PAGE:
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  1. According to USASpending.gov, the government spent $472,158,562,285 last year through contracting for services and products with large and small companies nationwide. This was a $34 billion increase over the previous year, and 2017 is anticipating another increase, especially in Department of Defense spending. None of the noted totals include entitlements, grants or non-contract obligations. The real questions most contractors ask are what does the government really want, and how does it decide who wins what contract? As an initial requirement, most government agencies must follow the Federal Acquisition Regulation (FAR) and agency FAR supplements, such as the Defense Federal Acquisition Regulation Supplement (DFARS). These extensive legal rules are available online for anyone who is interested in learning about them as the relevant portions become part of every federal contract as stated in the contract paperwork. Some agencies such as the Smithsonian Institution, the Federal Aviation Administration, and the U.S. Postal Service have their own rules and regulations outside of FAR and typical FAR supplements. It is wise to educate oneself regarding targeted agencies’ contracting rules. Many contractors think that lowest price is always the deciding factor. While the federal government is mandated to spend our tax dollars wisely, lowest price does not always win. Most often, the decision-makers are looking for the best deal. Often, the best deal includes a very competitive price, balanced with several other factors such as proof of abilities, clear capacity to perform and strong references. The challenge for all contractors is how to avoid the “chasing the bid” mentality and instead determine how to identify and reach decision-makers early enough in the purchase process to effectively and legally influence and educate those decision-makers in the best way to write the requirements. The answer to this conundrum is taken directly from a government source, the United States Air Force, in its industry outreach process. Other government entities have been proven to follow similar if not exactly alike guidelines. The Air Force states that these five processes must be incorporated into any company’s business development tactics: Market Research, Business and Financial Plan, Network, Communication & Relationships, Past Performance and Continuous Marketing. Market research seems to be obvious but it is surprising how many businesses fail to complete this first requirement. Instead they wait until they meet with the target and at that point ask them for opportunity recommendations. This is a huge mistake and will result in the decision-maker closing the door on future opportunities. One would be better served checking FBO.gov for sources sought notices, solicitations and records of previously-awarded contracts through the Federal Procurement Data System as well as the target agency’s business forecast and budget. The business and financial plan is a mystery to most businesses regarding federal contracting. In this case, the decision-maker is NOT asking the contractor for its entire business plan, but rather what the plan is to finance the targeted opportunity should it be awarded. This little-known step will go a long way in mitigating perceived risk for businesses of all sizes, especially for any business that may be pursuing opportunities which are larger than ever won in the past. Elements to include in the opportunity financial plan include projections of anticipated contract-oriented costs (payroll, overhead, products, legal, accounting, subcontracting, etc.), the timeline of those costs, anticipated invoicing and payment dates, and a letter from the bank of the or other financial institution stating that a line of credit is available to finance at least the first two billing cycles, until payment is received. When the Air Force states that it wants a contractor to network, communicate and build relationships, it means that no matter what it takes, one should network by attending all possible in-person events, communicate regarding sources sought notices, participate in industry days for specific opportunities and make recommendations to improve services and products used by the agency. By being consistent in these efforts the contractor will benefit by building a strong relationship with all decision-makers. This is difficult to do and requires a commitment of time, effort and money. One must determine the short list of targets with whom to make this financial and time commitment as it is impossible to perform this level of effort for every possible federal target. The fourth element, Past Performance, is a legal term as defined in FAR Part 42.15 Contractor Performance Information and elsewhere in the FAR. Essentially, the FAR states that “past performance information (including the ratings and supporting narratives) is relevant information, for future source selection purposes, regarding a contractor’s actions under previously awarded contracts or orders. It includes, for example, the contractor’s record of: (1) Conforming to requirements and to standards of good workmanship; (2) Forecasting and controlling costs; (3) Adherence to schedules, including the administrative aspects of performance; (4) Reasonable and cooperative behavior and commitment to customer satisfaction; (5) Reporting into databases (see subpart 4.14, and reporting requirements in the solicitation provisions and clauses referenced in 9.104-7); (6) Integrity and business ethics; and (7) Business-like concern for the interest of the customer. Most losing bids do not address these seven elements of past performance and instead serve only as a record of describing projects similar to the targeted opportunity. Winning contractors take into account and describe at least all seven elements and further offer proof of differentiators and the value add for the project. The final recommendation of continuous marketing is lost on most contractors. This marketing, when successful, targets all decision-makers and incorporates both a corporate messaging process performed throughout the year as well as ongoing an individual effort of the business development or capture person assigned to that target. Rarely do companies perform both processes simultaneously. And it is even more rare that this is done well, with appropriate messages crafted for each layer of decision-maker. This translates to different messaging for the program layer, other messaging for the contracting layer and yet different messaging for the small business representatives. To see success, listen to the customer and give them what they want, what they really really want and even outright ask for. Gloria Larkin, CEO and Founder Gloria Larkin, President of TargetGov, is a nationally-recognized government contracting marketing and business development expert. She has been interviewed on MSNBC, and quoted in the Wall Street Journal, Forbes, USA Today, INC Magazine, Entrepreneur Start-ups Magazine, and Government Executive magazine. Gloria Larkin serves as the Educational Foundation Chairman of the Board of Directors and is the past National Procurement Committee Co-Chair for Women Impacting Public Policy (WIPP), a non-partisan organization representing over 6,200,000 women nationwide. She is the author of the book, “The Basic Guide to Government Contracting” and “The Veterans Business Guide: How to Build a Successful Government Contracting Business” now in its fourth printing. She has spoken at international, national, regional and local conferences including recently University of Oxford Saïd Business School Power Shift Forum for Women in the World Economy 2013, the Annual National Veteran’s Conference, and the OSDBU Procurement Conference regarding practical, bottom-line focused business development best practices. She has received numerous accolades including: The U.S. Small Business Administration’s Women in Business Champion for Maryland 2010, Enterprising Women magazine’s 2010 Enterprising Women of the Year honoree, one of Maryland’s Top 100 Women in 2010, 2007 and 2004, and Maryland’s Top 100 Minority Business Enterprises in 2008 and 2006. TargetGov: www.targetgov.com Phone: 1-866-579-1346 Email: glorialarkin@targetgov.com GovCon Voices is a regular feature dedicated to providing SmallGovCon readers with candid news, insight and commentary from government contracting thought leaders. The opinions expressed in GovCon Voices are those of the individual authors, and do not necessarily reflect the opinions of Koprince Law LLC or its attorneys. View the full article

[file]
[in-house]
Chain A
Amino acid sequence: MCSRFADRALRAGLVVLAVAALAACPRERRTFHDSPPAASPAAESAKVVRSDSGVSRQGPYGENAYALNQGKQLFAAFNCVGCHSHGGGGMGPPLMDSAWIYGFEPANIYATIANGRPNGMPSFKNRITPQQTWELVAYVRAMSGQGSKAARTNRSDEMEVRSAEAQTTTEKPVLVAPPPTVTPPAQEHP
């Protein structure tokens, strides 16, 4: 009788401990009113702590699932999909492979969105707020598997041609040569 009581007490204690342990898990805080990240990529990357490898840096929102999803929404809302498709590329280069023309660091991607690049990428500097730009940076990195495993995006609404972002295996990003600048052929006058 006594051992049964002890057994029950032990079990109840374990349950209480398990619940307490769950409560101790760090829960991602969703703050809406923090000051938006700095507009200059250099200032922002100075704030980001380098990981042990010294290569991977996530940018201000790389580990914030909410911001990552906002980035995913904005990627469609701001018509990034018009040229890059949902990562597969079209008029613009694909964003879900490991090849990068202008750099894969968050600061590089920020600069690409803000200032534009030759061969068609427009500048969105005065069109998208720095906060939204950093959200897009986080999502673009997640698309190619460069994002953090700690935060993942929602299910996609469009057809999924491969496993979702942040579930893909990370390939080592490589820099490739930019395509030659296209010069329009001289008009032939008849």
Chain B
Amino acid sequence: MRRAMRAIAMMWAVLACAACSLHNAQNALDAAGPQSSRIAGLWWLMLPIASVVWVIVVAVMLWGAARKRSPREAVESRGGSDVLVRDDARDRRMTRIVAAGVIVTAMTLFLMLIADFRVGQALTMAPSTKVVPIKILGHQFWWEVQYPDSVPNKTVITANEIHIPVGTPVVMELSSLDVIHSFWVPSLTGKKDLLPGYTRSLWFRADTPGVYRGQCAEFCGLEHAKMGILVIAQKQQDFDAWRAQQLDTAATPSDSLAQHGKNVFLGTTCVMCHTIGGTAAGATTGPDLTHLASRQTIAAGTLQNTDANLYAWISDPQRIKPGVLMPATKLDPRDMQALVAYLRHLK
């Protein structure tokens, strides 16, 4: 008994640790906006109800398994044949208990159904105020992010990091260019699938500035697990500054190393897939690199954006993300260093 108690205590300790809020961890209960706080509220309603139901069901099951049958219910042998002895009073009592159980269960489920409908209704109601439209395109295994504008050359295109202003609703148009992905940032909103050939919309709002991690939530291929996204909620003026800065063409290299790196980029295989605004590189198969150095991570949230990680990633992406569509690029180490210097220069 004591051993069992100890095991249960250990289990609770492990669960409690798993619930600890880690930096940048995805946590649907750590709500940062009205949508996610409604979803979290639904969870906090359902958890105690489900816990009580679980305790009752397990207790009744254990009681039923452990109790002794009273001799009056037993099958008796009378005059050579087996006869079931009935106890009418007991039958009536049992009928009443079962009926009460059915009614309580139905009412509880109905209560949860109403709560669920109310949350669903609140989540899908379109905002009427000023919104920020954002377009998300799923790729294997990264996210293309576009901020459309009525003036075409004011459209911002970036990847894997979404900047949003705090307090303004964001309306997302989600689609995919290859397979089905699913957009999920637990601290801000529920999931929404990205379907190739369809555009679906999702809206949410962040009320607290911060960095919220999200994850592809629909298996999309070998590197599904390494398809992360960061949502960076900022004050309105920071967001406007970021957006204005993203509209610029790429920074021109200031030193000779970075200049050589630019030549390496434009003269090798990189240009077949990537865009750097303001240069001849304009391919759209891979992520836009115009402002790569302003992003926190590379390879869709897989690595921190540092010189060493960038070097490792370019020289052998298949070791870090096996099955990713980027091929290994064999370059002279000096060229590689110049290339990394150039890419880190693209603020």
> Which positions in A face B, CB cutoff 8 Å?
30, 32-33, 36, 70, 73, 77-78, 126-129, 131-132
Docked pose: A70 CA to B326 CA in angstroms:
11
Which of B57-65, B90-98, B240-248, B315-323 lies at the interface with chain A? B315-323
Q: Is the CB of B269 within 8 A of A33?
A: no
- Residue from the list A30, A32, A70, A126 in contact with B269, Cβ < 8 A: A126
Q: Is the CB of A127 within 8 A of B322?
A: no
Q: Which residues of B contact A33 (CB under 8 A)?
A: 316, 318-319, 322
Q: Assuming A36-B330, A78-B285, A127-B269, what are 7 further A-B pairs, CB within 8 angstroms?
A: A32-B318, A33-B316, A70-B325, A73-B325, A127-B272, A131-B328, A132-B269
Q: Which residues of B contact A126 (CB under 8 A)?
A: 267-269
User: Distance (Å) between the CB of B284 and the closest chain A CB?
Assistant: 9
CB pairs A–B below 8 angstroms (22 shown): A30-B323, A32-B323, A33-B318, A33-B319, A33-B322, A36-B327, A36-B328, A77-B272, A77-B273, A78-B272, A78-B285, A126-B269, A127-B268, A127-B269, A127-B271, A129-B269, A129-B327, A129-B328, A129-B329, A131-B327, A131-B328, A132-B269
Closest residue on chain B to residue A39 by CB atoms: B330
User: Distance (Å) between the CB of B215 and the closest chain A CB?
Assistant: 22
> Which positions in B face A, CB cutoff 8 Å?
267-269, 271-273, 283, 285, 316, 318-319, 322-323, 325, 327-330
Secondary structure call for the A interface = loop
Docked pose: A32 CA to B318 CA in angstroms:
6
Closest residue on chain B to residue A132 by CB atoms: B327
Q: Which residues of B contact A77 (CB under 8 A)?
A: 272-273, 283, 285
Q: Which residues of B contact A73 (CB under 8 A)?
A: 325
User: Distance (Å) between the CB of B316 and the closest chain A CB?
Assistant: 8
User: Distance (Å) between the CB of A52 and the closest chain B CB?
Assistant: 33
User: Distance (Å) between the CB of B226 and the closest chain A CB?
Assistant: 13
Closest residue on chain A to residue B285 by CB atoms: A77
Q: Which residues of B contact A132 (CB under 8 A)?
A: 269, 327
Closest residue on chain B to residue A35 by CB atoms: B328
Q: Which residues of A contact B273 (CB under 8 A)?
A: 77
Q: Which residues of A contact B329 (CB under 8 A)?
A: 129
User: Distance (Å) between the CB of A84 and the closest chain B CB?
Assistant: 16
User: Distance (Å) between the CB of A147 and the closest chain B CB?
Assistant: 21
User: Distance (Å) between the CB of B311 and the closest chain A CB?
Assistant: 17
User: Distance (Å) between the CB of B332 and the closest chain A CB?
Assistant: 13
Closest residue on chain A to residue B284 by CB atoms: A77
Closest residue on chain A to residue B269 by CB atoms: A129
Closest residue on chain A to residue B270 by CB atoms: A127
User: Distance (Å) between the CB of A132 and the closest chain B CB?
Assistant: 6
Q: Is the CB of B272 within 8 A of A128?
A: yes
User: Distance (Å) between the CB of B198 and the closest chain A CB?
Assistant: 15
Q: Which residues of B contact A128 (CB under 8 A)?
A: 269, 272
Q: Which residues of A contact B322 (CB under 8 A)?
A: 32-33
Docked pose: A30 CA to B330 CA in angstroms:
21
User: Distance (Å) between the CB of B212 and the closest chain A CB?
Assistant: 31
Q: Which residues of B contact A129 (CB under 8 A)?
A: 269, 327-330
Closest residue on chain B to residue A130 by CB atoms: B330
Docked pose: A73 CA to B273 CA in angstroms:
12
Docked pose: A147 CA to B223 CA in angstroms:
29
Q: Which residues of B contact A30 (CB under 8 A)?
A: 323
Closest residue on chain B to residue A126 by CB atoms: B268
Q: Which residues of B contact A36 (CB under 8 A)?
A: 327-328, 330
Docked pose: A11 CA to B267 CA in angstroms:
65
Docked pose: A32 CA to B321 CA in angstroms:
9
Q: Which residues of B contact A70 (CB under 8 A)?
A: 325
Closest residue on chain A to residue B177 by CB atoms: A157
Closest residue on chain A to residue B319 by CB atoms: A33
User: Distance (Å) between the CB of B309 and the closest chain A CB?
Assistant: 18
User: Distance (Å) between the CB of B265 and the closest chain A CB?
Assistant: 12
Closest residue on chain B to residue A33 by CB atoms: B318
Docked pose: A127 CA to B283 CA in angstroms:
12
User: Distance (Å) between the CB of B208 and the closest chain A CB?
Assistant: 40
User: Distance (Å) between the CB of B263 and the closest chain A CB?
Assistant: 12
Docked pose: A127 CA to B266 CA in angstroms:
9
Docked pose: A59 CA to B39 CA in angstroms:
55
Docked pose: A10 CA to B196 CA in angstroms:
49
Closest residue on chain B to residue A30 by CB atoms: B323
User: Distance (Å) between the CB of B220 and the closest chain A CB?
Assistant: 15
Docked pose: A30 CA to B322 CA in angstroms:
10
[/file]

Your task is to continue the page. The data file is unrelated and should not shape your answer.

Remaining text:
2. Wednesday marked the official start of summer, and I’ll be spending the next few months taking full advantage–grilling out on the deck, enjoying a family beach trip, and more. Whether you’re at the beach, on the deck, or sitting in an office cubicle, it’s always nice to have some good reading material. And if you’re here at SmallGovCon, you’re among those who consider government contracting articles to be good reading material. In this edition of SmallGovCon Week In Review, Bloomberg Government takes a look at how “mid-tier” contractors can get squeezed out of government work, the House Small Business Committee approves a bill to get some small contractors paid faster, the Army wasted as much as $28 million on “pretty” uniforms for Afghan soldiers, and more. Two of the federal government’s most important contracts are squeezing out mid-tier companies, according to Bloomberg Government analysis. [Bloomberg Government] The number of multiple award contracts has been dropping since 2012. Can the Office of Management and Budget implement their new streamlined process to continue the trend? [Federal News Radio] NOAA released a special notice declaring ‘there is no draft or final solicitation available at this time” regarding the highly anticipated computing contract draft solicitation worth up to $500 million. [Nextgov] According to one commentator, a recent procurement fraud settlement highlights a need to get tougher on fraudsters. [Townhall] After a series of bid protests from Northrop Grumman dating back to 2015, Raytheon has been re-awarded a $1 billion cyber contract to protect government networks. [Nextgov] Three memos trying to bust contracting myths weren’t enough, as four agencies try to reverse years of industry/government communication problems. [Federal News Radio] Small businesses could be paid faster for work done on some federal contracts under a bill approved by the House Small Business Committee. [SFGATE] Preliminary moves by the White House to ease the moratorium on reviewing federal jobs for outsourcing under the guidelines in Circular A-76 have drawn some skepticism with the Office of Management and Budget. [Government Executive] The Pentagon wasted as much as $28 million over the last decade on Afghan soldier’s camouflage uniforms despite the fact that forests make up only a small fraction of the country’s landscape. [Government Executive] View the full article